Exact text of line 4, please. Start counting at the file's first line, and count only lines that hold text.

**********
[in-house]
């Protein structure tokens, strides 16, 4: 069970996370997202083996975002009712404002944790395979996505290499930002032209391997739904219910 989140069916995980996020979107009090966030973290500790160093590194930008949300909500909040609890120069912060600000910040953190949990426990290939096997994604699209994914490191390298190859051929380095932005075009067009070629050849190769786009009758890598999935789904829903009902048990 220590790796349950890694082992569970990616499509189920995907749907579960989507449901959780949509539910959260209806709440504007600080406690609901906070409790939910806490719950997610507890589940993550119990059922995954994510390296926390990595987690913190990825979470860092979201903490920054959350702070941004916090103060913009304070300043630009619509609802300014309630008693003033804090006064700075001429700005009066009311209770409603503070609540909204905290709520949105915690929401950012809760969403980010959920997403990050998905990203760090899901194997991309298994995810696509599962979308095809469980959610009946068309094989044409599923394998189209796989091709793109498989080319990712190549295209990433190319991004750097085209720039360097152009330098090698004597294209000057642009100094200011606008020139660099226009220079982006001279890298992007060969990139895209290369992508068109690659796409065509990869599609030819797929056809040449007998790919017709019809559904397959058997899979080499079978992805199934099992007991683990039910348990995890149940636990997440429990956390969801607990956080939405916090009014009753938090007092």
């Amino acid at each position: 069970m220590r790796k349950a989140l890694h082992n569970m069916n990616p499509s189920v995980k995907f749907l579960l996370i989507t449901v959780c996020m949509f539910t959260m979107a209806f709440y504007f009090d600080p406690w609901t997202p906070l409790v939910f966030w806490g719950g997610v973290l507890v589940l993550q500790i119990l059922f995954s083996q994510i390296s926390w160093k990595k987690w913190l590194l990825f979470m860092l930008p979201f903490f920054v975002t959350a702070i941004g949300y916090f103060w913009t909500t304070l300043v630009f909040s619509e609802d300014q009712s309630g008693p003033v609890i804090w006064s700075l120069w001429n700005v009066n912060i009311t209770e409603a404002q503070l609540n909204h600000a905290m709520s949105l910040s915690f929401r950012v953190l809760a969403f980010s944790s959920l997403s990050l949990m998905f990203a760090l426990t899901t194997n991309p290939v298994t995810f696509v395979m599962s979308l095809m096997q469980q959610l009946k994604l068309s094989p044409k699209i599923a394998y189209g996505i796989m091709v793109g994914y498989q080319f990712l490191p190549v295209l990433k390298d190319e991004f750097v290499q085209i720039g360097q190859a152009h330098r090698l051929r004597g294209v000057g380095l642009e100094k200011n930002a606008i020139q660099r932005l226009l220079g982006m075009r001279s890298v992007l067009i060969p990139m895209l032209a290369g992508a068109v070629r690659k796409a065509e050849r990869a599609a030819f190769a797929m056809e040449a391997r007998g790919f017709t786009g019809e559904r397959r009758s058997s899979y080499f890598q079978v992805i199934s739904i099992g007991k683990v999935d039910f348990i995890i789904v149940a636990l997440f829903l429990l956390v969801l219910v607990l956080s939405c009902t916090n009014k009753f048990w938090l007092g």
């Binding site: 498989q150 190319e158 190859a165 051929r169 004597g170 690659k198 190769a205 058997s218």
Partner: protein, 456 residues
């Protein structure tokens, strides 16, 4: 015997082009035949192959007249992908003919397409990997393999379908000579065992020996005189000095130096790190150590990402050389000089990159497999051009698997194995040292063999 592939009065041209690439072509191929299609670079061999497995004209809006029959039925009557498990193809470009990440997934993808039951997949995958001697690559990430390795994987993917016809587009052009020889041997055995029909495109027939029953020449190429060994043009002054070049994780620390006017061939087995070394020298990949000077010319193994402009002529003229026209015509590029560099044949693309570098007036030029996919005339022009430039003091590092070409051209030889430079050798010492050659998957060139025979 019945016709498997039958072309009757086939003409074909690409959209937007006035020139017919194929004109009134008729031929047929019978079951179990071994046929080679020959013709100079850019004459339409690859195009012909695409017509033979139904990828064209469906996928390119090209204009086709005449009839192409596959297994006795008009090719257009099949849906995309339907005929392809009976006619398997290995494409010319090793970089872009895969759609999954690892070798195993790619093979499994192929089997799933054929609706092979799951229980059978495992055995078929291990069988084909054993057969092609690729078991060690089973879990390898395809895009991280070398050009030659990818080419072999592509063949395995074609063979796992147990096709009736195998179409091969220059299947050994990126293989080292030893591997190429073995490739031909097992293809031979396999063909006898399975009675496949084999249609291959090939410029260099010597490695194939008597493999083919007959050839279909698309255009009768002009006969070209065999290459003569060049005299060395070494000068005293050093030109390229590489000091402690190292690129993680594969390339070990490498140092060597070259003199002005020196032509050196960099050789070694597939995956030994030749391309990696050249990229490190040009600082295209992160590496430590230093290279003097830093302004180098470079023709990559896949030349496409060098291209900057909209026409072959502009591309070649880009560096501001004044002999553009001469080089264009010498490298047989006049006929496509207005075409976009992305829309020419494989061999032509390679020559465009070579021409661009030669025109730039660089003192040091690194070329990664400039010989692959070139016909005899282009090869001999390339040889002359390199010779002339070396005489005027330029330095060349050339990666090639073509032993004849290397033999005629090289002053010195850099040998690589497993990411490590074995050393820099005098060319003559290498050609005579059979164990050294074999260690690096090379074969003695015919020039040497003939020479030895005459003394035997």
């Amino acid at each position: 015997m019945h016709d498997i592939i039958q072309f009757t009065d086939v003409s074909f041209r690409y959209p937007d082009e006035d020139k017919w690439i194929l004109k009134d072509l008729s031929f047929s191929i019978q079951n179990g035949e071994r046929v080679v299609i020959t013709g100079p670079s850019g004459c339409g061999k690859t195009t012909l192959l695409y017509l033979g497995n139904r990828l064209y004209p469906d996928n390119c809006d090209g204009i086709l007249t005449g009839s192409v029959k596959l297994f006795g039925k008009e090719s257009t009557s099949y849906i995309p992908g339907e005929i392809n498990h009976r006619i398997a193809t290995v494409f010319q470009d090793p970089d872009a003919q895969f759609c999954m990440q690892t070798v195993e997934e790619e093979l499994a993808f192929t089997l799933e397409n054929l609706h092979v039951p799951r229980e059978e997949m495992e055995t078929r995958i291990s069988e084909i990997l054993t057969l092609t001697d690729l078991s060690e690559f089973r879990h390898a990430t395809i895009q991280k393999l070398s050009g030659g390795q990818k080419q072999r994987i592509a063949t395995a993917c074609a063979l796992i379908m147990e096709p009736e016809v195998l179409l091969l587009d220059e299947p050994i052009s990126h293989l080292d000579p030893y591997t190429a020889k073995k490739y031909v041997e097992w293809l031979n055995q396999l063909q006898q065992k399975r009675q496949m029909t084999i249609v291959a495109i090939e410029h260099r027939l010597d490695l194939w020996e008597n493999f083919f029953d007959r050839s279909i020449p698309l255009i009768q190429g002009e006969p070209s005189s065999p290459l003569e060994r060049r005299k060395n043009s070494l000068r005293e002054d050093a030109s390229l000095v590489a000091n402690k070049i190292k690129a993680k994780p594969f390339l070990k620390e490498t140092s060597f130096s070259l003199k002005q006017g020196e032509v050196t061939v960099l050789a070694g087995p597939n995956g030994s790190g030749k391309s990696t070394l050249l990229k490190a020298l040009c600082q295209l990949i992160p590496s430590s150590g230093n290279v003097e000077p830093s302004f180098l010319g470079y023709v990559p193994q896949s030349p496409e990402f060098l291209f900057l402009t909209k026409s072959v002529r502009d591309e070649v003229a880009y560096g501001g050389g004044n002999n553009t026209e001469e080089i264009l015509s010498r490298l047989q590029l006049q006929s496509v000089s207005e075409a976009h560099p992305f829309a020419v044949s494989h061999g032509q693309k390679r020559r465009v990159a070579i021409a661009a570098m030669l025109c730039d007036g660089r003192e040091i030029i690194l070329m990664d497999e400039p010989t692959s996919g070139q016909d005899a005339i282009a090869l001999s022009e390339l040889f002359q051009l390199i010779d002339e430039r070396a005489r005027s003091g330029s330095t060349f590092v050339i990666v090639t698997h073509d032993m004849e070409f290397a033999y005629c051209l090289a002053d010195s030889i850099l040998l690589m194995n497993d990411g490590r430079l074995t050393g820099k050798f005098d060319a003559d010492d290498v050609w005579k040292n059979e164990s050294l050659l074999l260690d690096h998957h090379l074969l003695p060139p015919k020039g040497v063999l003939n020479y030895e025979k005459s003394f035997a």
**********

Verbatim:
């Binding site: 498989q150 190319e158 190859a165 051929r169 004597g170 690659k198 190769a205 058997s218």